Unless you do that a lot, I suggest you to subscribe. You can always leave a comment to suggest a update for certain playlist that I overlooked, or just send the recording you want to add into my Spotify inbox. Since all playlists are stored in the Spotify servers, I don't think there will be any performance difference (loading speed, etc.) between subscribing and copying into your own playlists.

And here's how to for those of you who don't know (believe me, one of this blog's most ardent supporters just told me that he didn't know he could subscribe). OK, click a playlist link: Radiohead Office Charts, to open it in Spotify, as you see  in the pic above, to the right of the playlist image (a mash-up of album sleeves most of the time), under the playlist name, in this case, "Radiohead Office Charts", there is a "Subscribe" button, click it and, done. By the way, the Radiohead playlist is a great mix of classical, world music and contemporary pop, and updated regularly, well worth subscribing.

Wednesday, June 22, 2011

Piano Transcriptions of Famous Symphonic Works

 "To compare Gould's piano version [of the Beethoven 5th] to an orchestral version would be like comparing a great wine to a great meal." - an Amazon reviewer

Well they are not all symphonic works, but Piano transcriptions of famous works for a solo instrument or voice, an ensemble of instruments and/or voices, or even a piece originally for solo or ensemble piano doesn't look like a more adorable title.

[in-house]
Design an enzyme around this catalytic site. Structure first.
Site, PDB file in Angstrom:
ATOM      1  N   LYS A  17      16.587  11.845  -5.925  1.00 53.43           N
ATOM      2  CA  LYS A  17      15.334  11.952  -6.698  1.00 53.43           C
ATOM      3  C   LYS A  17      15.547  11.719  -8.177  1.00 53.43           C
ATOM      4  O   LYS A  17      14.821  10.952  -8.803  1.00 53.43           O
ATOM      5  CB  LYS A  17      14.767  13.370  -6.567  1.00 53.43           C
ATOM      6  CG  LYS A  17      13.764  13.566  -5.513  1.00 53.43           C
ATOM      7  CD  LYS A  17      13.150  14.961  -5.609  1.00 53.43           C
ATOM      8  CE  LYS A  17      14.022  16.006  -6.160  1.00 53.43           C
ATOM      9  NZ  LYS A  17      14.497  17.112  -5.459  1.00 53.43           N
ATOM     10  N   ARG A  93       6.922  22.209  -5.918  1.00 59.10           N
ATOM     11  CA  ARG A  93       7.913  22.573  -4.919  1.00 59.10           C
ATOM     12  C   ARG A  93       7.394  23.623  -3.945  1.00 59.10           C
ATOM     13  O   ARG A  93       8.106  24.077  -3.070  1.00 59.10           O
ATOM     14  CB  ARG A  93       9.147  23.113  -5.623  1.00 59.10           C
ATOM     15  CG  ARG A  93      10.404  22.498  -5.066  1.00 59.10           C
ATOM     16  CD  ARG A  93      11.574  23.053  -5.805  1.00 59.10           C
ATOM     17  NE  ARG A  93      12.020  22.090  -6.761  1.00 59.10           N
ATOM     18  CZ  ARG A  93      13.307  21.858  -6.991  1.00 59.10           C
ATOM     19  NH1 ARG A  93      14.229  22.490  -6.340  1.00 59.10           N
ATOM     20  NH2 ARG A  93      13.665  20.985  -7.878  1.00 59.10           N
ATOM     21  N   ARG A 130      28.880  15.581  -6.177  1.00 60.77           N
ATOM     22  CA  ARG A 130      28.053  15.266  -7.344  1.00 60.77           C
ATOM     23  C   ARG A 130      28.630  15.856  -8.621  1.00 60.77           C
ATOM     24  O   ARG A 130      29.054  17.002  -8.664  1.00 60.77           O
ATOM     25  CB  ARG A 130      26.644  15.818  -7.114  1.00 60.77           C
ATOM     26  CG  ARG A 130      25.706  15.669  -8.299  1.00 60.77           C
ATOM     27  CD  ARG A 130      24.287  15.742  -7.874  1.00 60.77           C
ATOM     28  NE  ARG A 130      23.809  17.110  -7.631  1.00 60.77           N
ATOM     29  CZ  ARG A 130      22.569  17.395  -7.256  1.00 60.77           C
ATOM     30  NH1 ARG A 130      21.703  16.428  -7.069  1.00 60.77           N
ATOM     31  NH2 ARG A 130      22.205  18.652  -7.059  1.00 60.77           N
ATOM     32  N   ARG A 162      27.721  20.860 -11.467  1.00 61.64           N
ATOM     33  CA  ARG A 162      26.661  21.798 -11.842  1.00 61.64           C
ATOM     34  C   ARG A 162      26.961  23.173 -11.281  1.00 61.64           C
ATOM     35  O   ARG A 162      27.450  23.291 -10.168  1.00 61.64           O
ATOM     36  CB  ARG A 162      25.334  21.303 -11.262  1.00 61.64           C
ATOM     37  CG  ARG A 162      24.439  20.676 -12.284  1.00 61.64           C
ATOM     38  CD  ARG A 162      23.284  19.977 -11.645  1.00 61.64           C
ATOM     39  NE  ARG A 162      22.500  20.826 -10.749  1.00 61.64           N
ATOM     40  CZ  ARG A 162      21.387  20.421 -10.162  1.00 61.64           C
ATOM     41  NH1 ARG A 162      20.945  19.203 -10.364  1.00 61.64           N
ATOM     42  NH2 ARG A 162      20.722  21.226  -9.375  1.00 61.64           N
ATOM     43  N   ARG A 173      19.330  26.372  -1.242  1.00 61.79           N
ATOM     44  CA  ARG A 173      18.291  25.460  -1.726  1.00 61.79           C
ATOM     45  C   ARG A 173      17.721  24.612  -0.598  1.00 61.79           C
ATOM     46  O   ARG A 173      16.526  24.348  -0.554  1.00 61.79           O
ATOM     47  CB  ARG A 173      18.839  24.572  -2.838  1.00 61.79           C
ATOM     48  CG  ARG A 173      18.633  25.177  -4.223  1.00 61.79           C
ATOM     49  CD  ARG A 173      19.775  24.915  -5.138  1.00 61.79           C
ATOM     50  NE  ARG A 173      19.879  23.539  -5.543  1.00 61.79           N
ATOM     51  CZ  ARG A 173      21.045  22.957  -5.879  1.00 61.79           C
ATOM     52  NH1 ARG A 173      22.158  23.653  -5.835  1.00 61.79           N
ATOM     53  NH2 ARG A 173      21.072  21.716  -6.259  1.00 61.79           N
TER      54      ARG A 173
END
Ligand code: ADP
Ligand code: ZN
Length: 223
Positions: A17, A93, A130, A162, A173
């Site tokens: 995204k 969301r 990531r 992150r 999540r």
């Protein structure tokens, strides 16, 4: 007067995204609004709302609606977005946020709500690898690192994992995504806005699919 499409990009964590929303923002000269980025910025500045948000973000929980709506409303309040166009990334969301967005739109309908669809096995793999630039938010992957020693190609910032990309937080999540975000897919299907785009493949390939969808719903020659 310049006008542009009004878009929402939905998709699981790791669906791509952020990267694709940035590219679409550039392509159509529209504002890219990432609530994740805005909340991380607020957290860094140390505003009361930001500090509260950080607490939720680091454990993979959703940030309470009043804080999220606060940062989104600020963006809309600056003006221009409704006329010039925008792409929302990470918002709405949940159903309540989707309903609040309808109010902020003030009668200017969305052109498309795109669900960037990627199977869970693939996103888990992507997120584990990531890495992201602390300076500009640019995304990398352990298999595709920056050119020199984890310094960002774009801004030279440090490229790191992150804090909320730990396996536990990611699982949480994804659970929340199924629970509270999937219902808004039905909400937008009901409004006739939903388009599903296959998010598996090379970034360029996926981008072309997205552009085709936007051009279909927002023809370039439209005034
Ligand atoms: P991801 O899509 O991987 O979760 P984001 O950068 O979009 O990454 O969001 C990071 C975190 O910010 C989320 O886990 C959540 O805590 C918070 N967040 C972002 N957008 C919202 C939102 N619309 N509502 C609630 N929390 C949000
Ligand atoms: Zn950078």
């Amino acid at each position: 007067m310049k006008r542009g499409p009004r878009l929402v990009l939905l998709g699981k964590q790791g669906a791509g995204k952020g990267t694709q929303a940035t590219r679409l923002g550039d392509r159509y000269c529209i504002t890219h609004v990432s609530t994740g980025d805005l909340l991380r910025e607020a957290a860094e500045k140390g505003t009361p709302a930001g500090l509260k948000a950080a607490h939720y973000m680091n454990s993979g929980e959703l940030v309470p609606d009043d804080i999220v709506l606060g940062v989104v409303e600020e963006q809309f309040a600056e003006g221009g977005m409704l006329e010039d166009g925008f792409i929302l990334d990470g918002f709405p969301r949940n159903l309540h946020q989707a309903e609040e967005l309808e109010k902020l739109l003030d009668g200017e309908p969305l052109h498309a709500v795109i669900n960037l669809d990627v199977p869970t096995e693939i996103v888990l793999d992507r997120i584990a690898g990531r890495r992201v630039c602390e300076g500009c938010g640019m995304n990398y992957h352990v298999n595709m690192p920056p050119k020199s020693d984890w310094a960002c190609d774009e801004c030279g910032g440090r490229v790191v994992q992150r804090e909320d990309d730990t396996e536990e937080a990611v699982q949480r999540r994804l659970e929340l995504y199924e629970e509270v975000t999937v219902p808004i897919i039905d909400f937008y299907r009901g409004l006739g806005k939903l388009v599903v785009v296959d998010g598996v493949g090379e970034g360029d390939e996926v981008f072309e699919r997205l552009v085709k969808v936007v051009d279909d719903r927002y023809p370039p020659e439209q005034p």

This playlist features piano transcriptions of Beethoven's nine symphonies (by Liszt), Dvorak's New World Symphony, late symphonies of Mozart and Schubert, Mahler's Symphony No.1 "Titan", Bruckner's 2nd, Berlioz's Symphonie Fantastique, Debussy's La Mer and his arrangement of Wagner, Tchaikovsky's Symphony No.4 and 6 "Pathétique", Stravinsky's Rite Of Spring, Prokofiev's Symphony No.1 "Classical", Smetana's symphonic poems My Country, Shostakovitch's Symphony No.10 (played by the composer) and his piano arrangement of Honegger's Symphonie Liturgique. And Glenn Gould's last recording, his piano transcription of Wagner.

As well as chamber works such as Mendelssohn's Octet, Franck's Violin Sonata (by Cortot), Richard Strauss' Serenade For 13 Wind Instruments (by the composer), Schumann's piano quartet (by Brahms) and quintet (by Clara Schumann). Amazingly, there are even piano arrengments (reductions?) of Fauré and Verdi's requiems, Mozart's Masonic Funeral Music, and Beethoven's Missa Solemnis.

Too many Liszt transcription of romantic lieders out there, so I only put in some hightlights, for Bach it's the same (virtually all Bach played on piano are transcriptions). In my other playlists you can find Brahms's own transcription for most of his symphonic and chamber works, and piano four-hand version of Mozart and Beethoven operas. I left them out of this one to avoid duplication.